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Health Highlights, Dec. 3, 2020

Below are newsworthy items compiled by HealthDay staff:


Three Former U.S. Presidents Willing to Get Coronavirus Vaccine in Public

Three former U.S. presidents -- Barack Obama, George W. Bush and Bill Clinton -- would get a vaccine for the new coronavirus publicly in order to encourage all Americans to do the same.

"I promise you that when it's been made for people who are less at risk, I will be taking it," Obama said on an episode of SiriusXM's "The Joe Madison Show" airing Thursday, the Associated Press reported.

"I may end up taking it on TV or having it filmed, just so that people know that I trust this science," Obama added.

Bill Clinton would "definitely" be willing to get a vaccine, as soon as one is "available to him, based on the priorities determined by public health officials," spokesman Angel Ureña said in a statement.

"And he will do it in a public setting if it will help urge all Americans to do the same," Ureña added, the AP reported.

George W. Bush's chief of staff, Freddy Ford, told CNN that first, "the vaccines need to be deemed safe and administered to the priority populations," and then "President Bush will get in line for his, and will gladly do so on camera."

President-elect Joe Biden said months ago that he'd get "a vaccine tomorrow" if one became available, the AP reported.

Later this month, the Food and Drug Administration will consider emergency use authorization of two vaccines, but it's estimated that only 20 million doses of each vaccine (both of which require two doses) might be available by the end of the year.


Everyone Who Gets COVID-19 Vaccine Will Receive Vaccination Card

All Americans who get a COVID-19 vaccine will get a vaccination card, officials say.

The cards are the "simplest" way to keep track of those who've received a shot, according to Dr. Kelly Moore, associate director of the Immunization Action Coalition, which supports frontline workers who will administer COVID-19 vaccinations, CNN reported.

"Everyone will be issued a written card that they can put in their wallet that will tell them what they had and when their next dose is due," Moore said. "Let's do the simple, easy thing first. Everyone's going to get that."

In addition, vaccination clinics will report to their state immunization registries what vaccine was given, which would enable officials to check if it was unclear where a patient got a first dose, CNN reported.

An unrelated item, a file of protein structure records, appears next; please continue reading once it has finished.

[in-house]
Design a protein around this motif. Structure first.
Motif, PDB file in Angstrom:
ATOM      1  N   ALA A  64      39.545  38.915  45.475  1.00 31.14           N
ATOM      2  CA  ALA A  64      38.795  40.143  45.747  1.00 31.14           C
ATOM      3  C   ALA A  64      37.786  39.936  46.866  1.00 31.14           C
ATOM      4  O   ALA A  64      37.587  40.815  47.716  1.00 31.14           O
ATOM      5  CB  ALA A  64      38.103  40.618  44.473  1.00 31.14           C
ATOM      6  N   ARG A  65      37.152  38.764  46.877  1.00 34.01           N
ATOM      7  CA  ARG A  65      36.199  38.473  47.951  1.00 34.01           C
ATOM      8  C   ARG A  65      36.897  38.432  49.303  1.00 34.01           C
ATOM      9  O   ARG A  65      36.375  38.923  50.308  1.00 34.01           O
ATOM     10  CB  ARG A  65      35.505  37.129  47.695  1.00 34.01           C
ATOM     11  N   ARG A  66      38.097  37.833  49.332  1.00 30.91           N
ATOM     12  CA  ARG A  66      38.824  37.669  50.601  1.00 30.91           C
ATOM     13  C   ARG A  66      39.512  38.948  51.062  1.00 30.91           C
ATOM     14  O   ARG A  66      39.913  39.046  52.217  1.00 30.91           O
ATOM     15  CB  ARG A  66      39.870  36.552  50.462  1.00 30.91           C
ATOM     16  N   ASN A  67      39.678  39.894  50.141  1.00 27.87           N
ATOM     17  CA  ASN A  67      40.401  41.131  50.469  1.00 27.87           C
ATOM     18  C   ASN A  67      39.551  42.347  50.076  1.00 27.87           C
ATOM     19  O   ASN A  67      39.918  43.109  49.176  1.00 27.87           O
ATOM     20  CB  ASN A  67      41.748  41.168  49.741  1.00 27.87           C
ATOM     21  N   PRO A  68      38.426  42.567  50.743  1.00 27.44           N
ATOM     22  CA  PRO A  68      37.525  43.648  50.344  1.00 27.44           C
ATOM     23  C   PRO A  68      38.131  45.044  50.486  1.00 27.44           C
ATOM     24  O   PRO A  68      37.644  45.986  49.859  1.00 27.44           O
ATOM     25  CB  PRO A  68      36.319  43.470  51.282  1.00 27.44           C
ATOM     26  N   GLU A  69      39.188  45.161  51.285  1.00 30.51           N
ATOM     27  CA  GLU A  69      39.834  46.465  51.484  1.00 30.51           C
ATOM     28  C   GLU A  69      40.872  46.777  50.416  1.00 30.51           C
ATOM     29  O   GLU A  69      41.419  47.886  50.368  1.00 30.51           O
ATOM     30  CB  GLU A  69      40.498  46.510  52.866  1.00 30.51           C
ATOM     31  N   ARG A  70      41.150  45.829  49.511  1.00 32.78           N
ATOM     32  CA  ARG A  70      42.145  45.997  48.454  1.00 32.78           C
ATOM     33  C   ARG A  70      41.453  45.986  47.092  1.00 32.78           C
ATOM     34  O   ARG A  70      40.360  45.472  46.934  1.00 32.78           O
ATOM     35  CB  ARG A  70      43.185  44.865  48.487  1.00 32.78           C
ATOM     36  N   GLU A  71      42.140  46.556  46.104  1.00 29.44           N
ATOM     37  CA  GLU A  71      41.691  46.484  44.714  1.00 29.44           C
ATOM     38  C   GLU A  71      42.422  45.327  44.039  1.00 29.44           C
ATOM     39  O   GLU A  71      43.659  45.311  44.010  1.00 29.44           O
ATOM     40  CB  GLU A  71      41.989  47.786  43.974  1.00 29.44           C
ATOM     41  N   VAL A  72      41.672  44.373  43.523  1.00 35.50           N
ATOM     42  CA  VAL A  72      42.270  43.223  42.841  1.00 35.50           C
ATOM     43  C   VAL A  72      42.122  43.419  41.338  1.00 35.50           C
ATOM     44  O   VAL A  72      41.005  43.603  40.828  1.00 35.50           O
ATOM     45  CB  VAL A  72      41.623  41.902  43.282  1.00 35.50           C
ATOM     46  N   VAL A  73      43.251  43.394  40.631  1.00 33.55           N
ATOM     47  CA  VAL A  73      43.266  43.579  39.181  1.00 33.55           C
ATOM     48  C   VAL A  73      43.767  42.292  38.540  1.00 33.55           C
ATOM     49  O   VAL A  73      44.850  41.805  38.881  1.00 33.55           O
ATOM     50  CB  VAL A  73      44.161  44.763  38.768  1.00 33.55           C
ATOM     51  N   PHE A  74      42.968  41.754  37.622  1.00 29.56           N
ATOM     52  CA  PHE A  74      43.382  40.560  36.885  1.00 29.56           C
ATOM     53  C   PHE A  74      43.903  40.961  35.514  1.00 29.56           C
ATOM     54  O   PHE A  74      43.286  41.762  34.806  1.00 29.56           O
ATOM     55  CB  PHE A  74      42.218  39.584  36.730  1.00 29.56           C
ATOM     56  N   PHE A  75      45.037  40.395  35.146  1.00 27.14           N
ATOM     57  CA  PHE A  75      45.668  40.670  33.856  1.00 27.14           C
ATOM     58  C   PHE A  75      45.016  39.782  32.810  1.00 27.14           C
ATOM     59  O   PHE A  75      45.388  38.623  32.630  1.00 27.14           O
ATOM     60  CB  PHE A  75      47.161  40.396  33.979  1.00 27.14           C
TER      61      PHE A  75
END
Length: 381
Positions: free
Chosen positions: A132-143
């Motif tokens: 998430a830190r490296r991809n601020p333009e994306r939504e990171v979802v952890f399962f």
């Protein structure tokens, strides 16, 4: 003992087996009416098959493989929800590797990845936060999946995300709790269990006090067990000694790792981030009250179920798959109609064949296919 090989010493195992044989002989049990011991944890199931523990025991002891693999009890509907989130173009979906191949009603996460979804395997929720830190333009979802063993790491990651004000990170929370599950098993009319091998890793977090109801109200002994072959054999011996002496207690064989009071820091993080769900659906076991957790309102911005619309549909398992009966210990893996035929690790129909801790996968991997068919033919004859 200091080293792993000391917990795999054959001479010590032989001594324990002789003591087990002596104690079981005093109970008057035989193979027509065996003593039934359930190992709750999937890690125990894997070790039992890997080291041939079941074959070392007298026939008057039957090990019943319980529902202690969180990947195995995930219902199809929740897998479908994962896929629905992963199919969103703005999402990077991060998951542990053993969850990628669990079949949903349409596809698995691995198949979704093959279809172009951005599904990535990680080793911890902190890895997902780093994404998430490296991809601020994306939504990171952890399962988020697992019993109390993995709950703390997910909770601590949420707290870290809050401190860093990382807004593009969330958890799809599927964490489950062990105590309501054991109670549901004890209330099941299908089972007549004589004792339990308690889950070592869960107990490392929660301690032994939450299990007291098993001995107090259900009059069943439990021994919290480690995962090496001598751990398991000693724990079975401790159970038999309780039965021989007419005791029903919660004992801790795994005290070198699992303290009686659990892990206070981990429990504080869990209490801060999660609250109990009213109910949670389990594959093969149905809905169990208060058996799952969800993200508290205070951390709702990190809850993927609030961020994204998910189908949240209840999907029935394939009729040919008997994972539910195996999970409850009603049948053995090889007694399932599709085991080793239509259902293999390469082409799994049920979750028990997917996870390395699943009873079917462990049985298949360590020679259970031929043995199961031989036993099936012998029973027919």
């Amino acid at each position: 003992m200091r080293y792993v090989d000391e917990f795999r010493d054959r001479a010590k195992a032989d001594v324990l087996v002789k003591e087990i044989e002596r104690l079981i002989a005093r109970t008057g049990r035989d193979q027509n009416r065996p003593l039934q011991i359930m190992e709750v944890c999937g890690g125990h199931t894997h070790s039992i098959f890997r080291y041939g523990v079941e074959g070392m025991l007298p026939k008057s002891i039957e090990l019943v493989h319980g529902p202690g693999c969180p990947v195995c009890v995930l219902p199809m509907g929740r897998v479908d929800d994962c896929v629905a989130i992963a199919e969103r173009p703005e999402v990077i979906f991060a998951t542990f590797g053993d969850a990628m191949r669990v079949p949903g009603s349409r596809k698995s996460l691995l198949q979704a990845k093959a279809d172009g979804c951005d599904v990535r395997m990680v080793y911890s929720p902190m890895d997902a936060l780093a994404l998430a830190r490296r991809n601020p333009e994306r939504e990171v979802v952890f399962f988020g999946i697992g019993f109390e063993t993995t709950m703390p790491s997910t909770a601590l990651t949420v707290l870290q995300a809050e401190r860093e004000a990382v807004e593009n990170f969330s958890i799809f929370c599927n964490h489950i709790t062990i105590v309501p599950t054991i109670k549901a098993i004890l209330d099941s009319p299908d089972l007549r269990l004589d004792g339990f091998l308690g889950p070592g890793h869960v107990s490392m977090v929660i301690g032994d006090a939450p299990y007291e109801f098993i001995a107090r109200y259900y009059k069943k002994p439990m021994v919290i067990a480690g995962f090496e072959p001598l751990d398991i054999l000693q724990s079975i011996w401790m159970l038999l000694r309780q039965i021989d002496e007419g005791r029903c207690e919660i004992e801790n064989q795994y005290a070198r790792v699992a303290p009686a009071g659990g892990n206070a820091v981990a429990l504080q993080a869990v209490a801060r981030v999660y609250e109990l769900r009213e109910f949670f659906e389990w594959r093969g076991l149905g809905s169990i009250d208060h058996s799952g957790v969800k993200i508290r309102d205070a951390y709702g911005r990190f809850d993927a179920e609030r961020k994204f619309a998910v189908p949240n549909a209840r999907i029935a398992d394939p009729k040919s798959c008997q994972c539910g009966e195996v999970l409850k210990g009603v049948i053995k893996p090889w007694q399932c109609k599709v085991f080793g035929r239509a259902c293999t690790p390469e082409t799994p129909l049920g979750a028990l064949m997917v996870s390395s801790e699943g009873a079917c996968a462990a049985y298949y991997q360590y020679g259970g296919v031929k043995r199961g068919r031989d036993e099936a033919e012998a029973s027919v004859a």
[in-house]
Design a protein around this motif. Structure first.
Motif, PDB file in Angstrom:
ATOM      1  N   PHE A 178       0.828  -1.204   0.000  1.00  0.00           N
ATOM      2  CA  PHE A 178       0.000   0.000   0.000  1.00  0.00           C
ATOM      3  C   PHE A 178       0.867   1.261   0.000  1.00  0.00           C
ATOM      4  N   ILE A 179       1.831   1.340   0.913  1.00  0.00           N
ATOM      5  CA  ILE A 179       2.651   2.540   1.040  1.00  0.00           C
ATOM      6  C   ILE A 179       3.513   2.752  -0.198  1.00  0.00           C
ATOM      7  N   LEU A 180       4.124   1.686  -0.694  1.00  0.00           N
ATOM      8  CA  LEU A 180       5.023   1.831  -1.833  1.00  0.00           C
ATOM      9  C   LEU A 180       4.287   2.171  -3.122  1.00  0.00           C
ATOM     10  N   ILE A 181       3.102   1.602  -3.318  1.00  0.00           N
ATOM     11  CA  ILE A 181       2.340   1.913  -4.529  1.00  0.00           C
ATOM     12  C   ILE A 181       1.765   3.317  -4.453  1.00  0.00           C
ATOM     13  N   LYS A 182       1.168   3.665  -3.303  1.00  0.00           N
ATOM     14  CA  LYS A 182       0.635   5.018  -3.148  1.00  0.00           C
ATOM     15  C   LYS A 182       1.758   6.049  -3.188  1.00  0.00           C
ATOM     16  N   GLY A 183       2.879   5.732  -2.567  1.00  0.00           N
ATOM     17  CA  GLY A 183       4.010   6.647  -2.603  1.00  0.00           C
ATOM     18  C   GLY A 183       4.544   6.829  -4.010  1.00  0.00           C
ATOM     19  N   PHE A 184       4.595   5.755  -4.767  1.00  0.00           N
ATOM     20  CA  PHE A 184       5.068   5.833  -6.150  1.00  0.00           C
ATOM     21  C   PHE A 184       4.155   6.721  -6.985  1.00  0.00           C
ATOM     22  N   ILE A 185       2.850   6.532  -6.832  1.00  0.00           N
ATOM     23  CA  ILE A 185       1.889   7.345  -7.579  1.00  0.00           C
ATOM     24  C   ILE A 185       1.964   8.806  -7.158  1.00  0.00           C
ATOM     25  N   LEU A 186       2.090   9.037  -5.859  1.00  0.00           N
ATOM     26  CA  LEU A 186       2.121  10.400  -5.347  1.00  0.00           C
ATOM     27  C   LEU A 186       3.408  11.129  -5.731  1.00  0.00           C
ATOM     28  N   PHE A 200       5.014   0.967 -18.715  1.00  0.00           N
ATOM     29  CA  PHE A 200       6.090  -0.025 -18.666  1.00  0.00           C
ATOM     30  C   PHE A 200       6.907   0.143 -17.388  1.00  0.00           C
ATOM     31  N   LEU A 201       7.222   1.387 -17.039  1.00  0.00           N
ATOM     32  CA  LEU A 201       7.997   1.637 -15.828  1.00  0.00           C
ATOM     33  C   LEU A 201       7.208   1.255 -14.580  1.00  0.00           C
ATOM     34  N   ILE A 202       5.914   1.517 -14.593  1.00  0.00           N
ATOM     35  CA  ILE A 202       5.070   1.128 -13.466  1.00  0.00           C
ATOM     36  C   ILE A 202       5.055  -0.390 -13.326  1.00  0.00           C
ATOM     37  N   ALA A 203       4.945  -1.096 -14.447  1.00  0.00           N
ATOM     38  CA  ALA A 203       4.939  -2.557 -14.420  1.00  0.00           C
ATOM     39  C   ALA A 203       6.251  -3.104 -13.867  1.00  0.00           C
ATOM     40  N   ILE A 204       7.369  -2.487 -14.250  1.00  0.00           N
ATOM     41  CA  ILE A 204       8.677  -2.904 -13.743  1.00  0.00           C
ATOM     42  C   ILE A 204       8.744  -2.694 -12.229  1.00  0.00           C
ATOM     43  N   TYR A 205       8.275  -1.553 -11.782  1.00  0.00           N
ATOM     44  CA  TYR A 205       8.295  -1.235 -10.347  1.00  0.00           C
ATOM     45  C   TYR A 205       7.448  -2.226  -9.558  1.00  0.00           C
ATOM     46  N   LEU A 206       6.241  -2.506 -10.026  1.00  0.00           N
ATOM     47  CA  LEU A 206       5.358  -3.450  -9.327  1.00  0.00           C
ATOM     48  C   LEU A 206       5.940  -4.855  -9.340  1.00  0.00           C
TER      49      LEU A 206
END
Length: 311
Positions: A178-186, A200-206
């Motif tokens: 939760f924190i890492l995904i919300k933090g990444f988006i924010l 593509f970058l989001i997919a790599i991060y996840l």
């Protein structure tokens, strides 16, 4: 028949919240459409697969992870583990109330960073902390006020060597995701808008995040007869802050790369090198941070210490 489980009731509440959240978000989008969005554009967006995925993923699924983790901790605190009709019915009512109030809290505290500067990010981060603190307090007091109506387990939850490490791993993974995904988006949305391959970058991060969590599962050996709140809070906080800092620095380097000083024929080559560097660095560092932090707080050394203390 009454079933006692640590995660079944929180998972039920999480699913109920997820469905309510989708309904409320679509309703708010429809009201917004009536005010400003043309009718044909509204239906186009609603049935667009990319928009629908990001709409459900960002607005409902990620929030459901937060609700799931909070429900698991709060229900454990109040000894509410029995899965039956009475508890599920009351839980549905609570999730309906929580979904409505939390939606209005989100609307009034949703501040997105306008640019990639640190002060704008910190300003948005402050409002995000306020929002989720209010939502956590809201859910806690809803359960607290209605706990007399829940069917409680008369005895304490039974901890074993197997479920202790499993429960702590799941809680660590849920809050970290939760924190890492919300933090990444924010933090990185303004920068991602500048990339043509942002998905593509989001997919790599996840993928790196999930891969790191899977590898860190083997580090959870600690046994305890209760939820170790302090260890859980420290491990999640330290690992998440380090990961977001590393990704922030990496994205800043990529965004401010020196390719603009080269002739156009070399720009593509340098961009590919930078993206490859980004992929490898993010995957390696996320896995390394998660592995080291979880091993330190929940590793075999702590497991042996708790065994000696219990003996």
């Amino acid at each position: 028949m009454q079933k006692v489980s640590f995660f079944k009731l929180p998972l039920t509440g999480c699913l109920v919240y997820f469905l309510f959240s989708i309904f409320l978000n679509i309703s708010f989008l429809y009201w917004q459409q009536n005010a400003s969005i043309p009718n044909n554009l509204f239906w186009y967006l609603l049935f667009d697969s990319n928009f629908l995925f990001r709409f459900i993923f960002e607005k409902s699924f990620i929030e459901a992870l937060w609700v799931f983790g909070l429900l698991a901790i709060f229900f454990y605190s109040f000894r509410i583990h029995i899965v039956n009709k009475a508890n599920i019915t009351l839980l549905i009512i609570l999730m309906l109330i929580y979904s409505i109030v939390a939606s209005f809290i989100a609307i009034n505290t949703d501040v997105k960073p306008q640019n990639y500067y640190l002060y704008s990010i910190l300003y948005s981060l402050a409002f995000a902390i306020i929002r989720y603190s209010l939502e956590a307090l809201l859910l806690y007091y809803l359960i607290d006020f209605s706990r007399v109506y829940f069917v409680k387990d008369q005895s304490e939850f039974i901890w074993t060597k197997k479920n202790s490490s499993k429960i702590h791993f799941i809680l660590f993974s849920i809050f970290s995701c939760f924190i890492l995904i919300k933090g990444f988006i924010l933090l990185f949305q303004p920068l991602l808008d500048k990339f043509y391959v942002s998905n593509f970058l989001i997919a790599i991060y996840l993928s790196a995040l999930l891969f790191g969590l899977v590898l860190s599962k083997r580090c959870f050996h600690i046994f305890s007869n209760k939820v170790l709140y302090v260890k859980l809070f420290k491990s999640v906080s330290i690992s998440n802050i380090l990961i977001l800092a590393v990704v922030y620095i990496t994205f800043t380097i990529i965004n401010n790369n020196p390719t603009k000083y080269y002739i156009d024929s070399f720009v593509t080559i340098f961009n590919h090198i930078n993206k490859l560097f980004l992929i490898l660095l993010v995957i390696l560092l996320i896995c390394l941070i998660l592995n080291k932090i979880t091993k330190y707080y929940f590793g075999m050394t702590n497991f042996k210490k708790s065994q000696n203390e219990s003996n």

Also, every dose administered will be reported to the Centers for Disease Control and Prevention, according to Claire Hannan, executive director of the Association of Immunization Managers.

On Wednesday, the Department of Defense released the first images of a COVID-19 vaccination record card and vaccination kits, which include a card, a needle and syringe, alcohol wipes and a mask, CNN reported.


Facebook Will Remove False Claims About COVID-19 Vaccines

False claims about COVID-19 vaccines will be removed from Facebook and its affiliate Instagram, Facebook said Thursday.

The social media giant said the goal is to remove misinformation that could lead to "imminent physical harm," the Associated Press reported.

Such misleading posts could include bogus claims about vaccine safety, efficacy, ingredient or side effects.

Facebook announced the policy as the first COVID-19 vaccines are set to be made available to the public.

This week, Britain became the first country to give emergency approval for a vaccine. U.S., Canadian and European regulators are also assessing vaccines, the AP reported.


San Francisco Bans Tobacco Smoking Inside Apartments, But Allows Marijuana

Tobacco smoking inside apartments in San Francisco is now illegal, but tenants can still smoke marijuana indoors.

The exclusion for marijuana was given because it's illegal to smoke it in public places, the Associated Press reported.

"Unlike tobacco smokers who could still leave their apartments to step out to the curb or smoke in other permitted outdoor smoking areas, cannabis users would have no such legal alternatives," explained Supervisor Rafael Mandelman, who wrote the amendment to exempt marijuana.

San Francisco is the largest city in the U.S. to ban tobacco smoking inside apartments, the AP reported.


Cannabis Removed From UN's Most Dangerous Drug List

Cannabis and cannabis resin have been removed from a UN agency's category of the world's most dangerous drugs.

The Commission on Narcotic Drugs said its decision was based on the World Health Organization's recommendation to remove cannabis and cannabis resin for the category, which includes heroin and several other opioids, CBS News reported.

The change doesn't mean that UN member nations can legalize marijuana under the international drug control system.

But experts say the change in how the commission classifies cannabis could affect the global medical marijuana industry, CBS News reported.


Dozens of NBA Players Test Positive for COVID-19

In the first week of testing before the start of a new season, 48 of 546 NBA players tested positive for COVID-19.

The league didn't release the names of the players who tested positive, CBS News reported.

"Anyone who has returned a confirmed positive test during this initial phase of testing in their team's market is isolated until they are cleared for leaving isolation under the rules established by the NBA and Players Association in accordance with CDC guidelines," according to a league statement.

Neither the league nor the players' union are concerned about these initial results, a source with inside knowledge told CBS News.

The positivity rate in initial testing is about 9%, just below the national average of 10%, and the league expects the rate to drop as players spend more time in one place, according to the source.

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